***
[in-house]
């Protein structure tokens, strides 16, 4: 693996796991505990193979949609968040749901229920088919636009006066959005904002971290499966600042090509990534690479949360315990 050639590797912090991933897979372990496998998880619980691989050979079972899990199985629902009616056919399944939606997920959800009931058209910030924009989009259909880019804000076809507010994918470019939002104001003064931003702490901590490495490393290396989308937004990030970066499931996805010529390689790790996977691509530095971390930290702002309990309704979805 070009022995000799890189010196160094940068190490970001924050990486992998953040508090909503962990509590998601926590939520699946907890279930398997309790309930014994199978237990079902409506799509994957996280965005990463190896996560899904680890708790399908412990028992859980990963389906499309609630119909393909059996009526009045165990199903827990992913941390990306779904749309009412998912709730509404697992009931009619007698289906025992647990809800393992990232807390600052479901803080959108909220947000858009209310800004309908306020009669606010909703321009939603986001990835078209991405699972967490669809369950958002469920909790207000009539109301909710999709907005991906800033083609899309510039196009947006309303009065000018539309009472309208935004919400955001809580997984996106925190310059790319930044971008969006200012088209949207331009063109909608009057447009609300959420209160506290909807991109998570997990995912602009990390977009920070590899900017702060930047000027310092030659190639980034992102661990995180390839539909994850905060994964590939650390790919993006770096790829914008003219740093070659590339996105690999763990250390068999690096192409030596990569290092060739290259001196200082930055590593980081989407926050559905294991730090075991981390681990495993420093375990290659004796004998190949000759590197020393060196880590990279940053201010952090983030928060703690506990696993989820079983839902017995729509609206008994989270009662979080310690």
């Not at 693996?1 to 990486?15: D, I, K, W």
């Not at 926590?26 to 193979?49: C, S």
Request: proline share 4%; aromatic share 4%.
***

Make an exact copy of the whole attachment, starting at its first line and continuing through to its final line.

[in-house]
């Protein structure tokens, strides 16, 4: 693996796991505990193979949609968040749901229920088919636009006066959005904002971290499966600042090509990534690479949360315990 050639590797912090991933897979372990496998998880619980691989050979079972899990199985629902009616056919399944939606997920959800009931058209910030924009989009259909880019804000076809507010994918470019939002104001003064931003702490901590490495490393290396989308937004990030970066499931996805010529390689790790996977691509530095971390930290702002309990309704979805 070009022995000799890189010196160094940068190490970001924050990486992998953040508090909503962990509590998601926590939520699946907890279930398997309790309930014994199978237990079902409506799509994957996280965005990463190896996560899904680890708790399908412990028992859980990963389906499309609630119909393909059996009526009045165990199903827990992913941390990306779904749309009412998912709730509404697992009931009619007698289906025992647990809800393992990232807390600052479901803080959108909220947000858009209310800004309908306020009669606010909703321009939603986001990835078209991405699972967490669809369950958002469920909790207000009539109301909710999709907005991906800033083609899309510039196009947006309303009065000018539309009472309208935004919400955001809580997984996106925190310059790319930044971008969006200012088209949207331009063109909608009057447009609300959420209160506290909807991109998570997990995912602009990390977009920070590899900017702060930047000027310092030659190639980034992102661990995180390839539909994850905060994964590939650390790919993006770096790829914008003219740093070659590339996105690999763990250390068999690096192409030596990569290092060739290259001196200082930055590593980081989407926050559905294991730090075991981390681990495993420093375990290659004796004998190949000759590197020393060196880590990279940053201010952090983030928060703690506990696993989820079983839902017995729509609206008994989270009662979080310690």
């Not at 693996?1 to 990486?15: D, I, K, W």
């Not at 926590?26 to 193979?49: C, S």
Request: proline share 4%; aromatic share 4%.